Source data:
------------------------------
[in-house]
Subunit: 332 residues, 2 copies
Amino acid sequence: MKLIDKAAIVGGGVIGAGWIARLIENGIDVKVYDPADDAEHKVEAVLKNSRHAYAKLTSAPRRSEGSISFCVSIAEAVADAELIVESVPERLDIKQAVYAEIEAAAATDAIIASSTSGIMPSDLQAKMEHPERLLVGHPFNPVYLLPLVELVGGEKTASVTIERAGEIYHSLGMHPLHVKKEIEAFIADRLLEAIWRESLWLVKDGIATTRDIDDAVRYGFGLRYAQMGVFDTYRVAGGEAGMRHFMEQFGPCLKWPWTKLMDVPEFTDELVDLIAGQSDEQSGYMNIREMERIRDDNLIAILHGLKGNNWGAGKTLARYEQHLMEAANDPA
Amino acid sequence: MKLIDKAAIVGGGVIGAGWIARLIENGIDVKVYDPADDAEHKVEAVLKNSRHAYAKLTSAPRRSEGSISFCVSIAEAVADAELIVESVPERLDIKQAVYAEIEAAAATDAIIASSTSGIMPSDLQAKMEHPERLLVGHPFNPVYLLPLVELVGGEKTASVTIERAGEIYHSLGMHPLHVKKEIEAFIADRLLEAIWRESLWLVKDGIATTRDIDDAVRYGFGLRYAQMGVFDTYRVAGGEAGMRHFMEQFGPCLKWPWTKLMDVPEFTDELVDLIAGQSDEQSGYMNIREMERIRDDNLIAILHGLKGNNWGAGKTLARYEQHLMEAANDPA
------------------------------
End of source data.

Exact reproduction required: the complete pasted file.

[in-house]
Subunit: 332 residues, 2 copies
Amino acid sequence: MKLIDKAAIVGGGVIGAGWIARLIENGIDVKVYDPADDAEHKVEAVLKNSRHAYAKLTSAPRRSEGSISFCVSIAEAVADAELIVESVPERLDIKQAVYAEIEAAAATDAIIASSTSGIMPSDLQAKMEHPERLLVGHPFNPVYLLPLVELVGGEKTASVTIERAGEIYHSLGMHPLHVKKEIEAFIADRLLEAIWRESLWLVKDGIATTRDIDDAVRYGFGLRYAQMGVFDTYRVAGGEAGMRHFMEQFGPCLKWPWTKLMDVPEFTDELVDLIAGQSDEQSGYMNIREMERIRDDNLIAILHGLKGNNWGAGKTLARYEQHLMEAANDPA
Amino acid sequence: MKLIDKAAIVGGGVIGAGWIARLIENGIDVKVYDPADDAEHKVEAVLKNSRHAYAKLTSAPRRSEGSISFCVSIAEAVADAELIVESVPERLDIKQAVYAEIEAAAATDAIIASSTSGIMPSDLQAKMEHPERLLVGHPFNPVYLLPLVELVGGEKTASVTIERAGEIYHSLGMHPLHVKKEIEAFIADRLLEAIWRESLWLVKDGIATTRDIDDAVRYGFGLRYAQMGVFDTYRVAGGEAGMRHFMEQFGPCLKWPWTKLMDVPEFTDELVDLIAGQSDEQSGYMNIREMERIRDDNLIAILHGLKGNNWGAGKTLARYEQHLMEAANDPA